Rose Tomlins

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Rose completed an undergraduate degree in Biology at the University of York before working as a Family Support Worker for people with acquired brain injury and their families. She went on to complete an MSc in Psychology at Coventry University and has since worked as a Research Assistant within a Community Learning Disability Service, where she is involved with a range of research projects and evaluations. She particularly enjoys being able to support clinicians in the service to develop their ideas into research projects.


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Challenging behaviour in children with Fragile X syndrome

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In this blog, Rose Tomlins considers a recent paper, which focuses on expanding the evidence base for efficacy of using functional analysis with children who have Fragile X syndrome and severely challenging behaviour.

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Frailty predicting care intensity in older people with learning disabilities?


In this blog, Rose Tomlins considers a study which explores the use of the Frailty Index to predict increased intensity of care for older adults with learning disabilities.

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Cognitive or behavioural components in group therapy for people with mild learning disabilities and depression?

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There is a growing evidence base that with the right modifications, people with learning disabilities can benefit from cognitive behavioural approaches to treating depression.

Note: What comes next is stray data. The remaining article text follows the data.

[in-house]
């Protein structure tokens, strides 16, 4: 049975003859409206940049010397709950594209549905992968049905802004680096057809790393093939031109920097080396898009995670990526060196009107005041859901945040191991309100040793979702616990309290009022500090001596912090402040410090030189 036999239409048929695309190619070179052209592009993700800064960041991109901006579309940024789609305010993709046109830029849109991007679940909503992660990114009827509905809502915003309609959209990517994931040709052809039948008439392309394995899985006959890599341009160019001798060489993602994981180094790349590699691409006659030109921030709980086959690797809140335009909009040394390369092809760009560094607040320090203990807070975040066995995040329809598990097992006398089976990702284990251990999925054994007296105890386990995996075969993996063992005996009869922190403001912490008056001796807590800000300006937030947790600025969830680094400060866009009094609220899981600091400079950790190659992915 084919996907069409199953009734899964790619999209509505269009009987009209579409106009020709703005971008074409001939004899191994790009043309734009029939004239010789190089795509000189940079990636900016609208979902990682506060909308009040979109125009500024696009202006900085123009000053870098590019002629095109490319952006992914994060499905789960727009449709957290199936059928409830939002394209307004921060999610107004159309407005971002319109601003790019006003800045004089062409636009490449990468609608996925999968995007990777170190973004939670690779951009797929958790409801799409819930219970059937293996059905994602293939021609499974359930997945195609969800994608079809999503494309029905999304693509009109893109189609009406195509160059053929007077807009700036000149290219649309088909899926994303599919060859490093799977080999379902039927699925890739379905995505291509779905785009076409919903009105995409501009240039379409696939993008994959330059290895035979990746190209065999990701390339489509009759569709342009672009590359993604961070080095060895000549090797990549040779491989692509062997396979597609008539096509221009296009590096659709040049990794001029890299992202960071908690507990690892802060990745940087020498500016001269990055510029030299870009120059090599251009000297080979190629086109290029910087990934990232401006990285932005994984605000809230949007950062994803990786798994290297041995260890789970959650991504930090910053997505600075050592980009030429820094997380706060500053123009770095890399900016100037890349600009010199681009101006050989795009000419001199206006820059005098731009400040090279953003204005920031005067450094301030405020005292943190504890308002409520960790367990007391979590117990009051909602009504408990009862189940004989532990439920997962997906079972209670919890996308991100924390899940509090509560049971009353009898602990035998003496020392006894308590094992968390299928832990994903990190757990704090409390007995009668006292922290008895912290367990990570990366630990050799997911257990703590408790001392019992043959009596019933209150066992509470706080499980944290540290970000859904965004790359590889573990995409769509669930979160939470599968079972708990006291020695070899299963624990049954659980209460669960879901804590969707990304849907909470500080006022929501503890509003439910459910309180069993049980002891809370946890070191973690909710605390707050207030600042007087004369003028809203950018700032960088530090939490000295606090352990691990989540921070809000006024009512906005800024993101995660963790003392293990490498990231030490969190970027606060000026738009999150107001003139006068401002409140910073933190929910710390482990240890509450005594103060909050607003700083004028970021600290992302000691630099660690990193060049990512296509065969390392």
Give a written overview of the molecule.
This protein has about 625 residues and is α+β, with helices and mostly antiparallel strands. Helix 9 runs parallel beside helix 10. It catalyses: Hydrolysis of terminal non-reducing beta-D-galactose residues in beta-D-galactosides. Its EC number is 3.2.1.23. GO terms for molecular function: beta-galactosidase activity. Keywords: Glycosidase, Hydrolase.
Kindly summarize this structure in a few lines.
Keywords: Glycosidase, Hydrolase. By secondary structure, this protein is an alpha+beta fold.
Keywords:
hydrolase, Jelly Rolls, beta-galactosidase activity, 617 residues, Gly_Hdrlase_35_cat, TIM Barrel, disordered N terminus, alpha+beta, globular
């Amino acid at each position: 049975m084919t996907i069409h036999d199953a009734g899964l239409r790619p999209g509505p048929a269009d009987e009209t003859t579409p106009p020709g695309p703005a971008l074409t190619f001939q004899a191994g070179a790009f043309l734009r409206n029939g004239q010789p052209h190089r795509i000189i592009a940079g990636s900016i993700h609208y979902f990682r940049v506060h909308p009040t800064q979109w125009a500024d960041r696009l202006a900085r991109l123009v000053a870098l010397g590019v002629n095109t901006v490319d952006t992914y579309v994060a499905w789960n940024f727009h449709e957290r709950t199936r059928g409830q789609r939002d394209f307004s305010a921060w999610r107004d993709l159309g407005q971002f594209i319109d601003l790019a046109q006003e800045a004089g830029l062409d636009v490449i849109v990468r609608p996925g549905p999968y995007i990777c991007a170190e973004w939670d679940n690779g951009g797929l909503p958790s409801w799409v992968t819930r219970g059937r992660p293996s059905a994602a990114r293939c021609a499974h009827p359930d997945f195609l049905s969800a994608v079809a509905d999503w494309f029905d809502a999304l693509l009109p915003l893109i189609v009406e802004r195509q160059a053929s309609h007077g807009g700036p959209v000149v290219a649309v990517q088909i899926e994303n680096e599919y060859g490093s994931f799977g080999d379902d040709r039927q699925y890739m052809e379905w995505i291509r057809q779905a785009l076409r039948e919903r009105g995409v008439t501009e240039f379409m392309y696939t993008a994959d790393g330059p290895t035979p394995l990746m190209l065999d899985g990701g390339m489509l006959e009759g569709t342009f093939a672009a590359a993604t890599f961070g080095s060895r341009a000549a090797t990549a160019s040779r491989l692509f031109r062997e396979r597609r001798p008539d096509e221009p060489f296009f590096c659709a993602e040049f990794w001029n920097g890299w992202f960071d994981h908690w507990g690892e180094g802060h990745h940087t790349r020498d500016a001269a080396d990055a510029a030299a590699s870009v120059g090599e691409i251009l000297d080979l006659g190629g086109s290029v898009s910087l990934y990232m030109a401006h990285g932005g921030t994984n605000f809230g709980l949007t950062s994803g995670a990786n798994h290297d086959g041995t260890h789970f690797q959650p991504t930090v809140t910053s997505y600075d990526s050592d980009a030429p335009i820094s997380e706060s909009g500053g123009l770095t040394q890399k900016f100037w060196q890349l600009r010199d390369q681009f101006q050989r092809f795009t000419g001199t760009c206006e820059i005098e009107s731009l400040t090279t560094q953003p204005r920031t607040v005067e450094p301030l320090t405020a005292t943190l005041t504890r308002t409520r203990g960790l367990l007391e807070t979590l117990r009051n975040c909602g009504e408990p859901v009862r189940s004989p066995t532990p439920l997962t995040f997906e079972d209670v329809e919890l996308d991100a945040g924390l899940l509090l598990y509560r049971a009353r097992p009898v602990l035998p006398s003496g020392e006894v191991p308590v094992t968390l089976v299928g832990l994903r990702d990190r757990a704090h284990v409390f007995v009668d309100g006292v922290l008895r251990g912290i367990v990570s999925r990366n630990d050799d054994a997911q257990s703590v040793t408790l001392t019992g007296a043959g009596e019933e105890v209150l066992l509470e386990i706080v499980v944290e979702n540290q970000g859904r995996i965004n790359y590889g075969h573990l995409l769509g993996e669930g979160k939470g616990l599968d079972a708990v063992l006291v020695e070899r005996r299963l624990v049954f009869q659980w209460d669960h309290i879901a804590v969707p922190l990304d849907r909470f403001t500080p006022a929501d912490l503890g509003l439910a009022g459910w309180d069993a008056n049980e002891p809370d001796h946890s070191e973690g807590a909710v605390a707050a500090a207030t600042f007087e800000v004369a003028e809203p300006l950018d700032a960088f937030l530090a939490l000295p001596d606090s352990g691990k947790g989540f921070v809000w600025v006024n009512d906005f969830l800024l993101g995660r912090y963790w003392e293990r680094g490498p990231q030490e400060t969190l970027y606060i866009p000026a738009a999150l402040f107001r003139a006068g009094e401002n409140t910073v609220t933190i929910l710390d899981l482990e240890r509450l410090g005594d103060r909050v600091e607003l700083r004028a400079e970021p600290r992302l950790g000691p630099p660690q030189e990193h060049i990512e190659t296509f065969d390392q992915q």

Here, Rose Tomlins looks at a study which looked at the impact of cognitive, behavioural or joint strategies.

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What is it like to receive or use restraint interventions? A systematic review of the literature


Whilst there is a good deal of research into the use of physical interventions in the management of challenging behaviour, there is less available on the way these are experienced by people receiving them, or the staff and family carers involved.

Here, Rose Tomlins looks at a review of the literature that focused on these experiences.

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Eye Movement Desensitisation and Reprocessing to treat PTSD in people with learning disabilities

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There is now evidence of the effectiveness of eye movement desensitisation and reprocessing for the treatment of symptoms of post traumatic stress disorder.

In her debut blog, Rose Tomlins looks at a review of the evidence of this approach for people with learning disabilities.

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